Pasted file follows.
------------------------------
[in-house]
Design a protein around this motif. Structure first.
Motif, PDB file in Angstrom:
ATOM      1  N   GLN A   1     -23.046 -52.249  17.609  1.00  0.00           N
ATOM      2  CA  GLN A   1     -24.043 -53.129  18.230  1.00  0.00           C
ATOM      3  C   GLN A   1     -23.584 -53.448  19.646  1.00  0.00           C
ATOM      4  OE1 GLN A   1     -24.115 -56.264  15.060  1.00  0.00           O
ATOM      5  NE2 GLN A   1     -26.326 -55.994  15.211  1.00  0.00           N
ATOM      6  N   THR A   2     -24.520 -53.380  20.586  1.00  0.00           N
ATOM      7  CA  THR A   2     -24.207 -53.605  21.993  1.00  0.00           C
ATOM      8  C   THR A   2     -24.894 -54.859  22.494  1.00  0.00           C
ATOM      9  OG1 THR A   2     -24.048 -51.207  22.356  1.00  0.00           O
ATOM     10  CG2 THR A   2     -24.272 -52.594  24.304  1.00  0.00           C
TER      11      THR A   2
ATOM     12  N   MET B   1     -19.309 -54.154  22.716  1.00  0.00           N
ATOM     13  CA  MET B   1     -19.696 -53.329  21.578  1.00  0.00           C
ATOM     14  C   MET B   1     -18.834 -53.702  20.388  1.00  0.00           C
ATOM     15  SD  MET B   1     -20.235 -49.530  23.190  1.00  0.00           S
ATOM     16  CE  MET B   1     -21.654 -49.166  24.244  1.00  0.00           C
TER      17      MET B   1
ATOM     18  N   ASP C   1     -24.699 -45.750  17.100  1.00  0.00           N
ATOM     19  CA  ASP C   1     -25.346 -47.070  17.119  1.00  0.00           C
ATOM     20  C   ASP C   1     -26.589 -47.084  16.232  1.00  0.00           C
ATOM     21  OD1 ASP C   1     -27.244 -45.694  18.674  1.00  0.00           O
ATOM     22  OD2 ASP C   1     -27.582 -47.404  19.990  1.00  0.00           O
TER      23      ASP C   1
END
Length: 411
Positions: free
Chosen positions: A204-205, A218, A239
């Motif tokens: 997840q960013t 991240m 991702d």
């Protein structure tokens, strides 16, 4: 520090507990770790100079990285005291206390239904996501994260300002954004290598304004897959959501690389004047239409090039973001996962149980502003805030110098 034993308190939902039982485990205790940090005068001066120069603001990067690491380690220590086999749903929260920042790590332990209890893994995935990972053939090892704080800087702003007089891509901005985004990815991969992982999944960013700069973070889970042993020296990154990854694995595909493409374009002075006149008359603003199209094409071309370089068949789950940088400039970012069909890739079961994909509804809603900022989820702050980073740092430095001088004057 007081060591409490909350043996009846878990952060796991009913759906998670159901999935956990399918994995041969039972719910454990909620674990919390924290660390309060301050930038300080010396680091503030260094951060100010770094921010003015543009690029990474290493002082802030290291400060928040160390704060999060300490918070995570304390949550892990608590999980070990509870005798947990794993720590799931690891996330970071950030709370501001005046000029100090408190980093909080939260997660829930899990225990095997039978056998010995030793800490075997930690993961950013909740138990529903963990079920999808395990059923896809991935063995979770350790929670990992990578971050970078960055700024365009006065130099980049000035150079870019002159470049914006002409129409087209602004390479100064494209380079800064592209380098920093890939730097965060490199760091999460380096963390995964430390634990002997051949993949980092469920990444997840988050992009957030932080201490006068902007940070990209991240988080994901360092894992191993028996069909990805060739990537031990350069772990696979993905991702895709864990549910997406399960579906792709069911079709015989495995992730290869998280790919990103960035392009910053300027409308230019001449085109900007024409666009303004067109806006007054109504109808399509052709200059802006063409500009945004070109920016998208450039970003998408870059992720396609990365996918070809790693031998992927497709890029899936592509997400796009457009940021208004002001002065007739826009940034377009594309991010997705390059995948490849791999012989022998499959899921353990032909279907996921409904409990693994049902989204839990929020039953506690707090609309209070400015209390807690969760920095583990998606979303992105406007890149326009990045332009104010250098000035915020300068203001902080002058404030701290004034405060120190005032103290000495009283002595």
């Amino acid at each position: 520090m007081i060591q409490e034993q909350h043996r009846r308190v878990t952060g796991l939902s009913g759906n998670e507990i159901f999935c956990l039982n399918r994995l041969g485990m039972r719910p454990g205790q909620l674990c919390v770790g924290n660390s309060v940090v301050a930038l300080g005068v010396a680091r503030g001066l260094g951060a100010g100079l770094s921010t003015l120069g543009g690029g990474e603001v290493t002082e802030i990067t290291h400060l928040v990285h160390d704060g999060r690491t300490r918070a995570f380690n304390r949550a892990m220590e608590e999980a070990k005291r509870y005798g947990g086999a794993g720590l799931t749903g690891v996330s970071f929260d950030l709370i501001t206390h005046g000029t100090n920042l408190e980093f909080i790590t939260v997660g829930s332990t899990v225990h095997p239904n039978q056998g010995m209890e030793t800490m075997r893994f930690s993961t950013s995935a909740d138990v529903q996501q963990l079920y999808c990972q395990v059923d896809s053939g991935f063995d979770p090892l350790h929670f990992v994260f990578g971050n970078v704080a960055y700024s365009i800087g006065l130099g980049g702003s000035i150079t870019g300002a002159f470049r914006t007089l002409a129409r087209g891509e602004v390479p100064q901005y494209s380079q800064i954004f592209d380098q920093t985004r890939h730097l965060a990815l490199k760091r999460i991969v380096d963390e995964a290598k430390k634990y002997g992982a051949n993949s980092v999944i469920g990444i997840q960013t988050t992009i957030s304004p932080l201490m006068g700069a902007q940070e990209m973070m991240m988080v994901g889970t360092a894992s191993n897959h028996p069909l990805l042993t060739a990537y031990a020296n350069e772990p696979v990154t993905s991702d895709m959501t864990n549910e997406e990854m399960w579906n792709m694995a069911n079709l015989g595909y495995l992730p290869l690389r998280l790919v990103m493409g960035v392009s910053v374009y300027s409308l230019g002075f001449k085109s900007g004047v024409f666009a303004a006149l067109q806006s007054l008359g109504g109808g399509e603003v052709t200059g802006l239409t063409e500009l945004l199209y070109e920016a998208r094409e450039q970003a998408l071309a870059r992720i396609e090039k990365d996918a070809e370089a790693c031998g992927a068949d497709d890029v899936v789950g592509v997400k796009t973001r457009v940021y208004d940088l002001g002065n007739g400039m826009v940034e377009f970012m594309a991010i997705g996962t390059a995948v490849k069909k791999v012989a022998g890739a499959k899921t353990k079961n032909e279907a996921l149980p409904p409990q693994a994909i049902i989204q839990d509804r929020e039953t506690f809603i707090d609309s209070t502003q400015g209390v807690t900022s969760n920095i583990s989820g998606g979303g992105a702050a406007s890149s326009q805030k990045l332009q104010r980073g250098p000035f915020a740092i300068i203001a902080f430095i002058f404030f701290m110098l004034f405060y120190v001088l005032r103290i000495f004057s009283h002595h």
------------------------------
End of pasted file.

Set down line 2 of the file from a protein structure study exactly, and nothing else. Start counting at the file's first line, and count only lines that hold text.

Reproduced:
Design a protein around this motif. Structure first.